You can’t police the blogosphere with process and systems. Nor should you.
I completely understand where the Blogger Code of Conduct is coming from, the sentiment is a worthy one, but it won’t work.
Those that decide to support the Code of Conduct are already abiding by its basic tenets: Be nice. Be smart. Be reasonable. Be open.
Those that don’t follow those basic rules of engagement just won’t follow the Code. If the Code were to reach critical mass, people could make judgment calls on which blogs they would read and participate on based on whether the blogs followed the Code or not, but it’s unlikely to reach that critical mass. And people can make those judgment calls without a Code already; let’s give them a bit of credit.
Many of the Code’s ideas make complete sense. Why wouldn’t you follow them?
But to try and implement a system and process for blogger interactions is impossible. Since the beginning of time people have been communicating as they saw fit – rightly or wrongly. There’s a place for dealing with issues of Free Speech, hate speech, etc. and I completely support smacking people around who abuse the rights we should cherish so immensely.
I read what I want to read. I hang out where I want to hang out. I socialize with who I want to socialize with. And I make decisions on what I personally publish, knowing full well that every single word I write sets the tone for how people perceive me. If you don’t realize that you should stop blogging completely.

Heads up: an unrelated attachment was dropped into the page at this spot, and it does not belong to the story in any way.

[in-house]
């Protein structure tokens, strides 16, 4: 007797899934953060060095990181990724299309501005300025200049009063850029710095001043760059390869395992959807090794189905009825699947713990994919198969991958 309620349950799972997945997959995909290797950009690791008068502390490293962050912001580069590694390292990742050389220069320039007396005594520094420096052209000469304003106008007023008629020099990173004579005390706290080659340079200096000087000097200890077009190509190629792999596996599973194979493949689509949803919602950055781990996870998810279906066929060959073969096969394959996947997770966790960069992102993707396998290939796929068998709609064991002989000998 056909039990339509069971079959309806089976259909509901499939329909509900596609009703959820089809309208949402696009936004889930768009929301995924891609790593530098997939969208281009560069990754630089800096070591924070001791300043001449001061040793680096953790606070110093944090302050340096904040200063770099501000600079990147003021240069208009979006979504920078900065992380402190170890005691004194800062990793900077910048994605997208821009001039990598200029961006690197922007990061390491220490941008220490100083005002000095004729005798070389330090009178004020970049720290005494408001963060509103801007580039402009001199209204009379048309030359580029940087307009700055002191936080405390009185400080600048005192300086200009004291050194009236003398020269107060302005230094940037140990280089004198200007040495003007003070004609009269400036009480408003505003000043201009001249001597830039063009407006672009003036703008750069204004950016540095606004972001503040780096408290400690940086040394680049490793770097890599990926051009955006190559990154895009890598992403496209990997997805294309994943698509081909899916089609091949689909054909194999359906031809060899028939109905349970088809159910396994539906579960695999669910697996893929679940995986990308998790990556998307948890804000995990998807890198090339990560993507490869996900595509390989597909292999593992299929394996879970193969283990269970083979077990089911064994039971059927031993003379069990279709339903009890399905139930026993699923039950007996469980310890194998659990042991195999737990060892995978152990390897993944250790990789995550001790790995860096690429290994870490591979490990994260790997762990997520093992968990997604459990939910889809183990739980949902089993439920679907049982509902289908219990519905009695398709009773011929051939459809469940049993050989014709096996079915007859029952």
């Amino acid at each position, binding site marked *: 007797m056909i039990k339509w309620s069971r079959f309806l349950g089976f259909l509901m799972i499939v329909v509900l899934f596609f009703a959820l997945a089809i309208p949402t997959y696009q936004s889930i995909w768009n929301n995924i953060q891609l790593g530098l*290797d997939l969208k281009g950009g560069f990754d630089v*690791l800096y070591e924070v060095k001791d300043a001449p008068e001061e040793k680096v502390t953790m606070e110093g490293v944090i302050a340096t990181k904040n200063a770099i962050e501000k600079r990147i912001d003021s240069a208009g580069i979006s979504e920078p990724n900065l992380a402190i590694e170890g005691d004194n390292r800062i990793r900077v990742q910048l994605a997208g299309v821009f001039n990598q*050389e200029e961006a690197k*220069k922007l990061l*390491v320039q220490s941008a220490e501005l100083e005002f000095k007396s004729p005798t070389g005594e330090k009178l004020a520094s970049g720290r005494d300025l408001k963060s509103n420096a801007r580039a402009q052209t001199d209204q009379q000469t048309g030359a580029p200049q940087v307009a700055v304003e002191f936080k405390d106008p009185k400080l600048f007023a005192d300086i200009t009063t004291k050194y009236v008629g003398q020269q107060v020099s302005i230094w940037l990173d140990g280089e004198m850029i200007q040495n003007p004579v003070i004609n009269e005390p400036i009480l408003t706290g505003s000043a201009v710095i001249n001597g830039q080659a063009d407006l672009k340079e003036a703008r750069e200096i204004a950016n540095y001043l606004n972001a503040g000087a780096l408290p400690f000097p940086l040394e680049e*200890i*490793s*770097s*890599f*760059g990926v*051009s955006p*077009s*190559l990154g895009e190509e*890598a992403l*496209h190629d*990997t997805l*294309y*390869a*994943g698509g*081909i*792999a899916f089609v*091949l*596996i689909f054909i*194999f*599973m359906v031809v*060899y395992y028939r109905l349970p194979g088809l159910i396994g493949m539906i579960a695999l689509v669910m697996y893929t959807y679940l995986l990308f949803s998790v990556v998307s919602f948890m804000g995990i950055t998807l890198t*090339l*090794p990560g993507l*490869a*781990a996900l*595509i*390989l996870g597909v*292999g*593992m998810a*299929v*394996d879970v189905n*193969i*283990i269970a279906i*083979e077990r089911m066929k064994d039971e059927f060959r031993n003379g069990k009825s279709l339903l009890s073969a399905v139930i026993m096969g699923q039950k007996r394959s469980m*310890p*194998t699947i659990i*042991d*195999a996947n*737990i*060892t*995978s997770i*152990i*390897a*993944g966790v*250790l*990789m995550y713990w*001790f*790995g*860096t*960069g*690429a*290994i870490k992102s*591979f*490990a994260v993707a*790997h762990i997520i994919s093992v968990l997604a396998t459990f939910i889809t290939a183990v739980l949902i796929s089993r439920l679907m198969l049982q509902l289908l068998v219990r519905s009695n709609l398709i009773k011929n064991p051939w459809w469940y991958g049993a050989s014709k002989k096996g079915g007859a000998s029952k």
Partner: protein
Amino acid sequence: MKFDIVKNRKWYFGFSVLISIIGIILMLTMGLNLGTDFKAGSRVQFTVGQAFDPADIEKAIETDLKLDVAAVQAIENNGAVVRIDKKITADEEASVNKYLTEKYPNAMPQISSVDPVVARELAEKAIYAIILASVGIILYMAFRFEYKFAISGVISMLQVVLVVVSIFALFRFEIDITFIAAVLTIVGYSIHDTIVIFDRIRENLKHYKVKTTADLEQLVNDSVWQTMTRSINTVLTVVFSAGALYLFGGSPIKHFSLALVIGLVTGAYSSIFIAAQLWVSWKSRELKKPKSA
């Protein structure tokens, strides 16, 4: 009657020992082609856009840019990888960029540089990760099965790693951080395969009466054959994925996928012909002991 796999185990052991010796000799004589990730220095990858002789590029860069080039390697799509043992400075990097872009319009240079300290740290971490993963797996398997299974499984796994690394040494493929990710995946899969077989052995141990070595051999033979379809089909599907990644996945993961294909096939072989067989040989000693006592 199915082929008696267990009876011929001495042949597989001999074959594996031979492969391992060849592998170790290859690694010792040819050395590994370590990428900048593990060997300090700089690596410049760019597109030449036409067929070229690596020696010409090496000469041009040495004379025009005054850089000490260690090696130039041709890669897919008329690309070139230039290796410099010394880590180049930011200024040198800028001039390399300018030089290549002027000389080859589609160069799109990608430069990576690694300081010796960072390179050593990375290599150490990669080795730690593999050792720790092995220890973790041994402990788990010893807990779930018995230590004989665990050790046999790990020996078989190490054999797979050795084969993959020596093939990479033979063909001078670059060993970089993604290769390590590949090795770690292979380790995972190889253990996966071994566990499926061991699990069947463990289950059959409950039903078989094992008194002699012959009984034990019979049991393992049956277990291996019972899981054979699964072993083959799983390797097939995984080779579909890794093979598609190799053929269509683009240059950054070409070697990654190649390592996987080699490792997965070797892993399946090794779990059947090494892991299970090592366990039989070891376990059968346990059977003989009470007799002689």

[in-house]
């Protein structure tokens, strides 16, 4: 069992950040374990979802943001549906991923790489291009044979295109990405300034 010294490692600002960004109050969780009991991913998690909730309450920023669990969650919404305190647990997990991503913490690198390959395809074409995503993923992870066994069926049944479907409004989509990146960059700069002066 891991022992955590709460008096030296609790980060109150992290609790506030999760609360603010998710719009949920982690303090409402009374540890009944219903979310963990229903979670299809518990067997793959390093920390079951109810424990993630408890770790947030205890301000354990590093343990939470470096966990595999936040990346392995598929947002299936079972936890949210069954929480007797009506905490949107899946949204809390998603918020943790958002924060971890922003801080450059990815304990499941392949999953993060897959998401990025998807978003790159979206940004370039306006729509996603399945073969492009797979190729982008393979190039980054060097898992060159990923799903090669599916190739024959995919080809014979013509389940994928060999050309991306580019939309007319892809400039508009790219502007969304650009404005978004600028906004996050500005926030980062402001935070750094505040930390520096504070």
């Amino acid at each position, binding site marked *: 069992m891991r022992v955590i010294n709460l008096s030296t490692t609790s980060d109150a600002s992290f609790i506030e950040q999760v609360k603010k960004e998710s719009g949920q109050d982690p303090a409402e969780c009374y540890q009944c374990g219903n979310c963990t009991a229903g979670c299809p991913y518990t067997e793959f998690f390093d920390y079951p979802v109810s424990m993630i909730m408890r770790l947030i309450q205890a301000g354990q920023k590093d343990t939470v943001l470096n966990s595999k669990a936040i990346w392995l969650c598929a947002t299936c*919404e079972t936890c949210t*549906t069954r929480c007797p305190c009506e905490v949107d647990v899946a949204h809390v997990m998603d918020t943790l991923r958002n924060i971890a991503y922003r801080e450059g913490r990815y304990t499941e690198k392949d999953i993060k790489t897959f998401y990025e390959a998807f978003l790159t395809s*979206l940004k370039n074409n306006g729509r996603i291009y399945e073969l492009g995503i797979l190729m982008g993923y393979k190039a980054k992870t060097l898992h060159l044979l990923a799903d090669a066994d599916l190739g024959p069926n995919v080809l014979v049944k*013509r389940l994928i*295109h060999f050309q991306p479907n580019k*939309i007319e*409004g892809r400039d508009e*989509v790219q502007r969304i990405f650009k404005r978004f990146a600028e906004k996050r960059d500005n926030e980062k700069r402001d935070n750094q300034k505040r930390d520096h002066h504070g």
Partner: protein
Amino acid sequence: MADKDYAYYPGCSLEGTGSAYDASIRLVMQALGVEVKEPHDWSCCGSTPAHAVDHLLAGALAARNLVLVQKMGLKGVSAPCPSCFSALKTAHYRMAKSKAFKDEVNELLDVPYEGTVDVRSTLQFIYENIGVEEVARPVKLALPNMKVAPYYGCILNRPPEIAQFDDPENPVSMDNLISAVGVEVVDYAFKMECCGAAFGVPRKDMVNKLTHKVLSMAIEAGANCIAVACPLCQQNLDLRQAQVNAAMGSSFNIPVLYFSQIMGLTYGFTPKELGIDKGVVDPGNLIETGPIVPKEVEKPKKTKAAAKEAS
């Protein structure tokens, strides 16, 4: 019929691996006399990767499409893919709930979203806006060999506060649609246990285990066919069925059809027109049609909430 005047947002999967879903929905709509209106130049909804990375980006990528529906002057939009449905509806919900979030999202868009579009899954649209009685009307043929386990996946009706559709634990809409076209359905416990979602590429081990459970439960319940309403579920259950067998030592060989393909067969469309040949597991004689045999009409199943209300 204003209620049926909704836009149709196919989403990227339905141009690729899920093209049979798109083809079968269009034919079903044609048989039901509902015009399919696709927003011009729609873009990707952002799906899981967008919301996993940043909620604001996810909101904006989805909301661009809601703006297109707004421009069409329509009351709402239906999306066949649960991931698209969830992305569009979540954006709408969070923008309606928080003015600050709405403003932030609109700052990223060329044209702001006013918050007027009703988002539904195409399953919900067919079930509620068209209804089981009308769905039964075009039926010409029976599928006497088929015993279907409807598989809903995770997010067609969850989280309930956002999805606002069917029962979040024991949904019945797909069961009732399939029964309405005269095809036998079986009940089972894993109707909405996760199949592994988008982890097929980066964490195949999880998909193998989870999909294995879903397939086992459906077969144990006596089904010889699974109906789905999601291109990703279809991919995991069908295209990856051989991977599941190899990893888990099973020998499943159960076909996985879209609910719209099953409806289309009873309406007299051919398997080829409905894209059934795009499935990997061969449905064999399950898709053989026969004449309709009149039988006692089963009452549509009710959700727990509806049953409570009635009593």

When you blog, you put yourself out there. Often forever. Online content doesn’t disappear.
Systems and processes like the Blogger Code of Conduct are typically implemented as a knee-jerk reaction, the result of something done by a very small minority. Yes, there’s a ton of absolute garbage online. Hate speech. Flames and personal attacks. Death threats. It sucks. And if it’s against the law, it should be stopped. But ultimately a huge percentage of people already follow their own Code of Conduct, and it’s generally a decent one. The anonymity of the online world and the security of being behind a computer do increase the number of jerks, but it’s still such a small percentage. Just look around at all the great bloggers, great communities and open conversationa that people are having.
A Blogger Code of Conduct won’t stop the jerks. Ignoring them is your best bet. And if they take things too far, find out if you have legal recourse, get help and go after them.